Airports thriving that long deserve NATIONAL CONGRATULATIONS
Strong User Base, rich history
Owned and operated by LAWA
A general aviation airport, which thrives over 90 years, should be celebrated by more that its neighbors; all of us, who fly for fun and/or work, should join in appreciating such successful longevity.
Located in the heart of the San Fernando Valley, Van Nuys Airport (VNY), owned by the Los Angeles World Airports, ranks as one of the world’s busiest general aviation airports. Dedicated to noncommercial air travel, VNY averages over 230,000 takeoffs and landings annually. VNY has two parallel runways – one with full instrument landing system – and a FAA tower.
The main runway is 8,000 feet in length and the training runway is 4,000 feet long. VNY has a rich history in aviation, hosting record breakers and celebrities over its 86 years in service. To learn more, click here
In addition, more than 100 businesses are located on the 730-acre airport, including four major fixed-base operators (FBOs): Castle & Cooke Aviation, Clay Lacy Aviation, Jet Aviation, and Signature Aviation.
These operators provide aircraft storage and parking, aviation fuel, aircraft sales, flight instruction, aircraft charter and aircraft maintenance. Some of the FBOs also serve as major leaseholders of airport property, subletting land and buildings to other airport tenants.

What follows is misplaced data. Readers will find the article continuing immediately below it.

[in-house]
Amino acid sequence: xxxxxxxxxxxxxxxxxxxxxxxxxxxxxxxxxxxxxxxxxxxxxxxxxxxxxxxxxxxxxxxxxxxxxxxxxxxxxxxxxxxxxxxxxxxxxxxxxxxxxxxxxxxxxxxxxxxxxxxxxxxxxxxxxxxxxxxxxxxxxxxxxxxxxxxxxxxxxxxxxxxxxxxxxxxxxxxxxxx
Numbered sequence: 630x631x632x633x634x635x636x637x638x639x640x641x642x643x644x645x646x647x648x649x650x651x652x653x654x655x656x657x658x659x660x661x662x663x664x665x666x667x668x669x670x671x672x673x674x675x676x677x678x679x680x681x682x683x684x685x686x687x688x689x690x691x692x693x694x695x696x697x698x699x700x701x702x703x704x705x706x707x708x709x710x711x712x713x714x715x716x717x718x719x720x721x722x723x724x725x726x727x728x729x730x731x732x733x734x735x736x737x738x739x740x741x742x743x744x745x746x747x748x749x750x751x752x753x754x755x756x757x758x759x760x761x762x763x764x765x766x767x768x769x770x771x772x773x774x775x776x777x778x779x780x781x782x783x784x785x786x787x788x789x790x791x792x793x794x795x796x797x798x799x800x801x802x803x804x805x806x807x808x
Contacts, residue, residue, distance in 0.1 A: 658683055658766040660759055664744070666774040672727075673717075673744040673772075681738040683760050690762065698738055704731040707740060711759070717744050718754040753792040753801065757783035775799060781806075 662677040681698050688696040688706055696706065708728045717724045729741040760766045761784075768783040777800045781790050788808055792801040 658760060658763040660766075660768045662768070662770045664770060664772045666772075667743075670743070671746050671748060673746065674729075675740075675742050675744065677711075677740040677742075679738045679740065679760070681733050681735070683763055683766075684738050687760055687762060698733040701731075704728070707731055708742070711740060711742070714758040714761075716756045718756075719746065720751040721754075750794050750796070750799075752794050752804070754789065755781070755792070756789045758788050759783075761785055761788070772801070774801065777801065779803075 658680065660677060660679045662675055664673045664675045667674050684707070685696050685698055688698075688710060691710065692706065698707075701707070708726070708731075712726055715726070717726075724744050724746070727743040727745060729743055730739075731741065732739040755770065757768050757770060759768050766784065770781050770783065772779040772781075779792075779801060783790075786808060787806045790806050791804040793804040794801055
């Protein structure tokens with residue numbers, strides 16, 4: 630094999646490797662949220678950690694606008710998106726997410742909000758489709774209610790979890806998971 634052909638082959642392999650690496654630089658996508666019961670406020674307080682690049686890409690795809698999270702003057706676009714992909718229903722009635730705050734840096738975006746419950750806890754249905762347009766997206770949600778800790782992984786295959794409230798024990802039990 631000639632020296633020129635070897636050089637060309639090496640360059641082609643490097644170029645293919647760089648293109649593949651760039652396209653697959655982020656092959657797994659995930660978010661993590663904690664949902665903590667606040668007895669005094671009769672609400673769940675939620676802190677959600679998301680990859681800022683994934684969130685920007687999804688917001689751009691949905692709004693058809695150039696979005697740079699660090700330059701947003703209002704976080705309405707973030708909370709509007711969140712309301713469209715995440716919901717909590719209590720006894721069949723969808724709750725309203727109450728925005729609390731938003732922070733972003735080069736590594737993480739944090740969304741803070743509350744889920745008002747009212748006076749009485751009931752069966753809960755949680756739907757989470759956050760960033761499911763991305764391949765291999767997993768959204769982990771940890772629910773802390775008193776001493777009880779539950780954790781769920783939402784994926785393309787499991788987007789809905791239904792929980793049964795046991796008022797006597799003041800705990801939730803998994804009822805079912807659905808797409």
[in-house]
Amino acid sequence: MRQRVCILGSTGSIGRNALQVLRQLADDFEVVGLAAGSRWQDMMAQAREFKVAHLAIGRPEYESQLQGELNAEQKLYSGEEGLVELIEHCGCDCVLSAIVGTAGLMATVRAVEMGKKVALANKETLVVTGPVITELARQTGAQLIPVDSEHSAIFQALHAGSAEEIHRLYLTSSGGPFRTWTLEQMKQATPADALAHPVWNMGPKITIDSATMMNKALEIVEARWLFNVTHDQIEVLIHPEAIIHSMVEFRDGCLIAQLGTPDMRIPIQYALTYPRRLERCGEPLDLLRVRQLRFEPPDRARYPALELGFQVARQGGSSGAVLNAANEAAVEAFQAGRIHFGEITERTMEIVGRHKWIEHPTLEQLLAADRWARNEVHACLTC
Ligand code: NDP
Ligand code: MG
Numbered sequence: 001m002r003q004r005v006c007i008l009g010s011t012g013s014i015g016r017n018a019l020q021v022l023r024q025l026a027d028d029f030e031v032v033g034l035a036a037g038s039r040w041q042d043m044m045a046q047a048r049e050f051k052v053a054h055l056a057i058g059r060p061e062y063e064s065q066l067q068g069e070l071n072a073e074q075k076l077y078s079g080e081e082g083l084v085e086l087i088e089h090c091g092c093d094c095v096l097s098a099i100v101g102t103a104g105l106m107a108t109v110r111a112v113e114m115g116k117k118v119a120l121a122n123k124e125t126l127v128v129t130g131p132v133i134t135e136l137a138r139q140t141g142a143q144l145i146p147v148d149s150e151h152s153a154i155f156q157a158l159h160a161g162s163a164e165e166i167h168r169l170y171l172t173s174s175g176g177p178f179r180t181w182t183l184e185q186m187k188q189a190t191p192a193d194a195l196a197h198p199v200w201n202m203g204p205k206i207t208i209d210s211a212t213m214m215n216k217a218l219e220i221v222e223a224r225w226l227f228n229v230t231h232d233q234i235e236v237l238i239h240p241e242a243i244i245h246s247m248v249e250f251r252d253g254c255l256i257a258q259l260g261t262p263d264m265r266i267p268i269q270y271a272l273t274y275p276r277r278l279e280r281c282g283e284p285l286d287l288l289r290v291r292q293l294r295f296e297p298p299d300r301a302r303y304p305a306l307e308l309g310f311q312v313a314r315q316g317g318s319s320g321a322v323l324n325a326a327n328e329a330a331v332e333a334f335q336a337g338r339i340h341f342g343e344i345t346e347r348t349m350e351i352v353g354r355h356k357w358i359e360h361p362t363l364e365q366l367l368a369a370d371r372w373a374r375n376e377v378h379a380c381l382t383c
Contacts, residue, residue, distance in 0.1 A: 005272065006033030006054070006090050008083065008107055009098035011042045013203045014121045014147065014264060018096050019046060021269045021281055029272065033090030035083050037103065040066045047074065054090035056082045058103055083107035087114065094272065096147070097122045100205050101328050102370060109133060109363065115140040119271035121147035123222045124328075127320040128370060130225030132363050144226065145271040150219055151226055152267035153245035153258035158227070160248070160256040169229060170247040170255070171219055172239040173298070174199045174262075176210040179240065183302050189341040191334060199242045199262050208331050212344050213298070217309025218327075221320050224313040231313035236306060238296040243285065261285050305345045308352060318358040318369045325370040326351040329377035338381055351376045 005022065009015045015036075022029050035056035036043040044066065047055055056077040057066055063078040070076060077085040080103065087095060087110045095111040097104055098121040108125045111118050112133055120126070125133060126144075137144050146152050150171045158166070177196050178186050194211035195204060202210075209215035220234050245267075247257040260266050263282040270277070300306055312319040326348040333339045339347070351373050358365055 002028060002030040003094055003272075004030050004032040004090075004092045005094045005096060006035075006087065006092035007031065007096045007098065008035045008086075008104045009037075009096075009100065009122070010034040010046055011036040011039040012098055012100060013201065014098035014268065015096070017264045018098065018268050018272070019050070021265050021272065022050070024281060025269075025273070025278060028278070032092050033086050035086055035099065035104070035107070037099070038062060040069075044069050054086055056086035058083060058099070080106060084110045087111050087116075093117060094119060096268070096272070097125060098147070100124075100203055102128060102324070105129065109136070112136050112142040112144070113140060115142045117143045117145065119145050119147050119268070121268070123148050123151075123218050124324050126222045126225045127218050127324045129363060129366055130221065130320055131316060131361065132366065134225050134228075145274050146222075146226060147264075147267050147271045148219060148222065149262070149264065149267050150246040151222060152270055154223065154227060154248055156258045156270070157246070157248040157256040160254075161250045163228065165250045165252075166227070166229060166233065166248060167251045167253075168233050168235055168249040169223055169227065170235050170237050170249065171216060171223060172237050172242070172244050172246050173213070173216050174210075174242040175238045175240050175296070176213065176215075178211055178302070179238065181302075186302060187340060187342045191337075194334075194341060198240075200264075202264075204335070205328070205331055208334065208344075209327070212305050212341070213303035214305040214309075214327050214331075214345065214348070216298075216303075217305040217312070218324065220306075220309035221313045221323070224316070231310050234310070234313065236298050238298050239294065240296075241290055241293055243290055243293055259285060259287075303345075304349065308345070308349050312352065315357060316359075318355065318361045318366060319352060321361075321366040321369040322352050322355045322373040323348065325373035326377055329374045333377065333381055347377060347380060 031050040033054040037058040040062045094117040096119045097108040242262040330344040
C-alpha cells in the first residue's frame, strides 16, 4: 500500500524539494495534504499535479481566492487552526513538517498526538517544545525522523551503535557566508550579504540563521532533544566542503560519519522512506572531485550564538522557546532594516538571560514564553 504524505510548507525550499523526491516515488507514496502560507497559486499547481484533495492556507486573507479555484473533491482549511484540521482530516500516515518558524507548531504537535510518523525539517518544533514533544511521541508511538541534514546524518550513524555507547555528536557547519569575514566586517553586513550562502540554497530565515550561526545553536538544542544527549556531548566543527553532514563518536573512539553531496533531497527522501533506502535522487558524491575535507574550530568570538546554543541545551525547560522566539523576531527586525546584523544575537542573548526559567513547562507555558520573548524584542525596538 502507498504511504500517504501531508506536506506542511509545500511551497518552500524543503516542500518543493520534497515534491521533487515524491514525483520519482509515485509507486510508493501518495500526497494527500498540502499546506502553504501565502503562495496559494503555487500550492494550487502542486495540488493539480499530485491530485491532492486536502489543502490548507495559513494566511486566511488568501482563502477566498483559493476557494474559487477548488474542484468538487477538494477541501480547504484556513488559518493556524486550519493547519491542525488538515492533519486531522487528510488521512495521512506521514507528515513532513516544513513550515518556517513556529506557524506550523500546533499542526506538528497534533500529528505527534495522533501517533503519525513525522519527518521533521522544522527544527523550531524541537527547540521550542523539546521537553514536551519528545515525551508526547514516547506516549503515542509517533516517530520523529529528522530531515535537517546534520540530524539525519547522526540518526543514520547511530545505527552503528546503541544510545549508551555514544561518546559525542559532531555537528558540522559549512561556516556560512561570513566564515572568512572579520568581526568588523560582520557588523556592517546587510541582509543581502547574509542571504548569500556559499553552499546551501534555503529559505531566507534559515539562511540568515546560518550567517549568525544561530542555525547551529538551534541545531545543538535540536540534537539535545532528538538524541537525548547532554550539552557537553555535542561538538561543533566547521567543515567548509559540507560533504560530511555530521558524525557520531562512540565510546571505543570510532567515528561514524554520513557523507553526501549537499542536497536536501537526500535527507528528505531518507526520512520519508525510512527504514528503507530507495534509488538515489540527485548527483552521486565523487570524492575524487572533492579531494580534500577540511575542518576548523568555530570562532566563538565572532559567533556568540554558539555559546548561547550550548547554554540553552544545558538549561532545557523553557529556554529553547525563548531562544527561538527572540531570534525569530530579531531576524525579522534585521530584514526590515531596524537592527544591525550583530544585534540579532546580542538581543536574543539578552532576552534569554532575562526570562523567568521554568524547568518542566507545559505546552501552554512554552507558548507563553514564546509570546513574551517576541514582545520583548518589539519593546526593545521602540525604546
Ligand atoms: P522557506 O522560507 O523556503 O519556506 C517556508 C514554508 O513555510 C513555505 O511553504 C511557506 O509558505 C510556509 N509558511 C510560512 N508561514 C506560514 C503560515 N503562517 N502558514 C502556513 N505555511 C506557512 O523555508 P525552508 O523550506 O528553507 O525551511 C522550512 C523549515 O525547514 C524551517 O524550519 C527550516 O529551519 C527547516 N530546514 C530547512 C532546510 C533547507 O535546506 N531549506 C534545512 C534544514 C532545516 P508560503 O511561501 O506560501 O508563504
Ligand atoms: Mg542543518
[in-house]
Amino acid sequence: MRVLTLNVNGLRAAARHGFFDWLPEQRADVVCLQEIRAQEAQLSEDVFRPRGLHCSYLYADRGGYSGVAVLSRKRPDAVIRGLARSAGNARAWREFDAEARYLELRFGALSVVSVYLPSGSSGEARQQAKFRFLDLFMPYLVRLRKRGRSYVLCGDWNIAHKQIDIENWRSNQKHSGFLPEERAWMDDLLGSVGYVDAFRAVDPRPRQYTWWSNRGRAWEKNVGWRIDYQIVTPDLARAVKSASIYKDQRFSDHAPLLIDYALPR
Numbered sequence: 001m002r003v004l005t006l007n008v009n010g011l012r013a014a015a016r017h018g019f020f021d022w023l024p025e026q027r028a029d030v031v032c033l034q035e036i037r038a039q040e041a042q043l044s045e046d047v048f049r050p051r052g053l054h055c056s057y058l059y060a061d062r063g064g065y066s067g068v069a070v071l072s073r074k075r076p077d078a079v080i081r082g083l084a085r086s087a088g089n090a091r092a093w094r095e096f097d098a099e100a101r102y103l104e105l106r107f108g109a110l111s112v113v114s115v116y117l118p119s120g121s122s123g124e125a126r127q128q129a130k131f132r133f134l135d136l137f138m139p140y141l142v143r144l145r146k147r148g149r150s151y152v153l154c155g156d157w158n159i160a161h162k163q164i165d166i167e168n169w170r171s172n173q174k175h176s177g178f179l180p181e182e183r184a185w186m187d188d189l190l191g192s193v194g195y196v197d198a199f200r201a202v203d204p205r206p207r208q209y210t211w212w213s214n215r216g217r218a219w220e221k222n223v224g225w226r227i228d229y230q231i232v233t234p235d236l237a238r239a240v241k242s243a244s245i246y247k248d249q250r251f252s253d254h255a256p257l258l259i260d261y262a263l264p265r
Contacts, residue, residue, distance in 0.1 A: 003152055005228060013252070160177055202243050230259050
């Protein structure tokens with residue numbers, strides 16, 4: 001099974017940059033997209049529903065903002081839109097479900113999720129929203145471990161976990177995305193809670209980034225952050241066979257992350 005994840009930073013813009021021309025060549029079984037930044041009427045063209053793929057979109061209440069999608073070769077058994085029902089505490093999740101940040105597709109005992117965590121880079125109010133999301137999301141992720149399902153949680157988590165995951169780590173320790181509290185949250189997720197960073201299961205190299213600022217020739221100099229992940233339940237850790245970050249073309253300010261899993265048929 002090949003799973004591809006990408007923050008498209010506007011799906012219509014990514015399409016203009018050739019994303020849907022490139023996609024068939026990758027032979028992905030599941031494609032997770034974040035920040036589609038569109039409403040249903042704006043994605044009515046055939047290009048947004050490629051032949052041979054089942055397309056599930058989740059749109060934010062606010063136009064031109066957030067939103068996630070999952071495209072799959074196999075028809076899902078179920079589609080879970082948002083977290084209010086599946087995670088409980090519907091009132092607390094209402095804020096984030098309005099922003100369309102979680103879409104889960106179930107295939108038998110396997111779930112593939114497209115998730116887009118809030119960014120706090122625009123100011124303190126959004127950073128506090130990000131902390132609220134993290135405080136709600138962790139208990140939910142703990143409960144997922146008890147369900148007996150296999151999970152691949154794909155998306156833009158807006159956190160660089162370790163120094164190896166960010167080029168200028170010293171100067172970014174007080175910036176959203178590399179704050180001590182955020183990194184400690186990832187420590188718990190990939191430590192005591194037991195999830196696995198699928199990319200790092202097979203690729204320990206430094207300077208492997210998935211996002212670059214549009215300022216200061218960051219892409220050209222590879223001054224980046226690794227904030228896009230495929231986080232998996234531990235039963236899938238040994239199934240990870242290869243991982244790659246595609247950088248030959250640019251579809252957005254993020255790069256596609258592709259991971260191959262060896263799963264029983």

In addition, VNY serves as home to numerous companies that provide aviation support activities such as aircraft repairs, avionics, interior work and other specialized functions.
VNY is one of two airports owned by Los Angeles World Airports, including Los Angeles International Airport. The airport system operates under the direction of a policy-making Board of Airport Commissioners appointed by the Mayor of Los Angeles.
A Regional Approach to Meeting Passenger Demand
VNY plays a crucial role in the Southern California airport system, serving a variety of private, corporate and government aviation needs. By providing a place for general aviation, which encompasses all flying other than scheduled air carrier service or the military, VNY enhances both safety and efficiency at the region’s commercial airports.